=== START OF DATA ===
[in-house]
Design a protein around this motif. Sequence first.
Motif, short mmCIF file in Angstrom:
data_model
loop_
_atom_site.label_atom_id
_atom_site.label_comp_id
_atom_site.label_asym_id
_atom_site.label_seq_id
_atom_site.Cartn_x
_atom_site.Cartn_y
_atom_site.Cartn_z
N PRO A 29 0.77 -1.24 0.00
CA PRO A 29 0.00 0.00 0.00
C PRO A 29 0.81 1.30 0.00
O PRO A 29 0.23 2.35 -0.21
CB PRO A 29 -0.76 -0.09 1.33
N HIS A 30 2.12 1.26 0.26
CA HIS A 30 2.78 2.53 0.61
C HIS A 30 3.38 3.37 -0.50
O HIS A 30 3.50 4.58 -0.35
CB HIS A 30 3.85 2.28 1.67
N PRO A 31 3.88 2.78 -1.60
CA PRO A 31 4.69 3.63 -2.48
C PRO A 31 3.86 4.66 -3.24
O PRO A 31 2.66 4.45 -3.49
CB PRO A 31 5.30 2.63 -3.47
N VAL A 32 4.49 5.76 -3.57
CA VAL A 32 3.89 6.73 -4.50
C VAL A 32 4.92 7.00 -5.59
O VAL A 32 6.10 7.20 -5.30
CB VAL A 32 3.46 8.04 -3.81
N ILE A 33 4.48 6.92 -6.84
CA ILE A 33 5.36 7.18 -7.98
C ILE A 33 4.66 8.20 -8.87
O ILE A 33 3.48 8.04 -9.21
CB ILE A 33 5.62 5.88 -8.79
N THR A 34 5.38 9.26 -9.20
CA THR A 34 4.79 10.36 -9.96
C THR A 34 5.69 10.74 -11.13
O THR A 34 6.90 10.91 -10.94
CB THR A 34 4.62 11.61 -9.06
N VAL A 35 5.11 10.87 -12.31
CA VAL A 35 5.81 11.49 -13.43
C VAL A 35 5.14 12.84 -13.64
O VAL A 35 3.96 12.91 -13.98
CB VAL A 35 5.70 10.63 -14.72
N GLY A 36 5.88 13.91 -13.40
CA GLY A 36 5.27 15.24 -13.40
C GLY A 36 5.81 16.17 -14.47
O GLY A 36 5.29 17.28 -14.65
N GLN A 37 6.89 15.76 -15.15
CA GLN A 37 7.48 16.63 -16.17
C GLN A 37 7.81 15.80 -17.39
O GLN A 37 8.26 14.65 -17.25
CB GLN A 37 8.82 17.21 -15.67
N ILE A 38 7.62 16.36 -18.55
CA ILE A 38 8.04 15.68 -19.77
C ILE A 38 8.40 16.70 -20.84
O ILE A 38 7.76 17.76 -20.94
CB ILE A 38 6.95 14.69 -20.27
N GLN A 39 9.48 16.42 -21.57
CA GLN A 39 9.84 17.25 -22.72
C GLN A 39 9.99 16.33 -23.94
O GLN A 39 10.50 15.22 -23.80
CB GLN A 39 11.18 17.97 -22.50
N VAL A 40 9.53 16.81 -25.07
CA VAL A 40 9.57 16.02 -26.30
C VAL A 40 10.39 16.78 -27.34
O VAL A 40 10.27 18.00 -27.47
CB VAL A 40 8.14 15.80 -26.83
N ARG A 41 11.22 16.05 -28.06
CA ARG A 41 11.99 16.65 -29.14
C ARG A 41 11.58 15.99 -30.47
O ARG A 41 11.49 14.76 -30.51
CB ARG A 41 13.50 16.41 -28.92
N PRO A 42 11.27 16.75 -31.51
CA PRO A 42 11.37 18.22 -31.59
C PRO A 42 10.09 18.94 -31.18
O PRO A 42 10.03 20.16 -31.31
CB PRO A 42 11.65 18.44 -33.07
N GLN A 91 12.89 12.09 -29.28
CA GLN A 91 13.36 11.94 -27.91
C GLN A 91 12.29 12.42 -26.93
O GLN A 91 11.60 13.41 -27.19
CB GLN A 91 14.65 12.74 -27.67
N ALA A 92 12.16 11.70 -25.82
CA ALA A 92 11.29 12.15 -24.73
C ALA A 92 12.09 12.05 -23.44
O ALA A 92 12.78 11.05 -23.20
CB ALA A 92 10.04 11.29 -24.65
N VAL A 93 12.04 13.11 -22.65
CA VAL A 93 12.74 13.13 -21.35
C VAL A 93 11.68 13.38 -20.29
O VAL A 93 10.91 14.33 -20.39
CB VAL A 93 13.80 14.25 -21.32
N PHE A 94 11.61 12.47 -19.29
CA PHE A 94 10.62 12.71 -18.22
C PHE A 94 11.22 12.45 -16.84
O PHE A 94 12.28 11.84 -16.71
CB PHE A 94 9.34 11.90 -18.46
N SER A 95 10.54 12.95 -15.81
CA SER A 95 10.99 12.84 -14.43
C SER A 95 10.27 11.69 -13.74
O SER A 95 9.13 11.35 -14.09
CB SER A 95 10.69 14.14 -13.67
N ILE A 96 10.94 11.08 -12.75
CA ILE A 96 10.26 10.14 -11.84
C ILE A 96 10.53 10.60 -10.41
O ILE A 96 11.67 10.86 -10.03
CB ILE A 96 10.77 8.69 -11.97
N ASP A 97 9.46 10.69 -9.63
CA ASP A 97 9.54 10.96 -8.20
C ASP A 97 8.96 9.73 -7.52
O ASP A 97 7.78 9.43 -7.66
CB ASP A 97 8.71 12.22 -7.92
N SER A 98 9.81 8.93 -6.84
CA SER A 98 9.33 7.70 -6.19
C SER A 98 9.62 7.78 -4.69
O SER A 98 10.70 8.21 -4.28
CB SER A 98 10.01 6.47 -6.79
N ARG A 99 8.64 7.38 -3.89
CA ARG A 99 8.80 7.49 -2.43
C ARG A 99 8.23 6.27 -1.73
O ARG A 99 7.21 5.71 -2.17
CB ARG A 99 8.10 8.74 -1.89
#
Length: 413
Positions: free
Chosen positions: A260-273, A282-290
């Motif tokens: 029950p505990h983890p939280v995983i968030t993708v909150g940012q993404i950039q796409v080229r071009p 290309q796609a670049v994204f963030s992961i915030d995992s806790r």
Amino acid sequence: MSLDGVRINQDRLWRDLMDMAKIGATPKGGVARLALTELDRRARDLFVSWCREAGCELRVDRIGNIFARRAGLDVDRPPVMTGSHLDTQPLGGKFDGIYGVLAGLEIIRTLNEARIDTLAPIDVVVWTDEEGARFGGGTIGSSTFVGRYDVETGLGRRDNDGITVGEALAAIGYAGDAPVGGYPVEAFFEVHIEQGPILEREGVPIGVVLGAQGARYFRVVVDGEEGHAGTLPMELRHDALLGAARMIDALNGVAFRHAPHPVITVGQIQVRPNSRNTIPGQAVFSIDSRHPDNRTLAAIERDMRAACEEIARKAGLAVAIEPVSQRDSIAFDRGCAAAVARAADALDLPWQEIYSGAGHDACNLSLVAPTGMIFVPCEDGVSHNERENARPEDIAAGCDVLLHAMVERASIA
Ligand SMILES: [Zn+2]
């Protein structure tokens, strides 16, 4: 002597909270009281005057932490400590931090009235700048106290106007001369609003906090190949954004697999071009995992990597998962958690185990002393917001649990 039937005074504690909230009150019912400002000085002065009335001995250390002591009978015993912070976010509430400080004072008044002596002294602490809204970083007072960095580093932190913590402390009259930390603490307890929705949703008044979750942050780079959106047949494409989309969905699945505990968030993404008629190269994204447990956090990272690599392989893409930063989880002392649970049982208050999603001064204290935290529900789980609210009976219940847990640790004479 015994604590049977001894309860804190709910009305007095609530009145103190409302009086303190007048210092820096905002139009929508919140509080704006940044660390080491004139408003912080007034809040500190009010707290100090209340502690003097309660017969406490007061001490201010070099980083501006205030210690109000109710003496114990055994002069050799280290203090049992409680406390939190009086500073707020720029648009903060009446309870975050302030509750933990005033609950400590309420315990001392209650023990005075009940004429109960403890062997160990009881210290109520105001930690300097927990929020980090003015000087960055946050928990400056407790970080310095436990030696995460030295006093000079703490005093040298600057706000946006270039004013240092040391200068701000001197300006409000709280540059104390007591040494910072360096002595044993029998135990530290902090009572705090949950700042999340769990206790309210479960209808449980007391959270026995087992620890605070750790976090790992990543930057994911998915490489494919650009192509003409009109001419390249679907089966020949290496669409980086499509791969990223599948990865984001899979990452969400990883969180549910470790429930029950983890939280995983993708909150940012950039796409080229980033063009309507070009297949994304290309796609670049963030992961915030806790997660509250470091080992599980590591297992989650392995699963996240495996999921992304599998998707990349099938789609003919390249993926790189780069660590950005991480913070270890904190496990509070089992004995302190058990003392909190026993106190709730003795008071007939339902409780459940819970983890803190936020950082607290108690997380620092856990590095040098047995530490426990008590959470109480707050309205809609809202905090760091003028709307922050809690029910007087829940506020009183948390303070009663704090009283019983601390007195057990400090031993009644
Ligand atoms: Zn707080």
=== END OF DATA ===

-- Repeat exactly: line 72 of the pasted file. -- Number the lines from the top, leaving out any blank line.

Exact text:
N ARG A 41 11.22 16.05 -28.06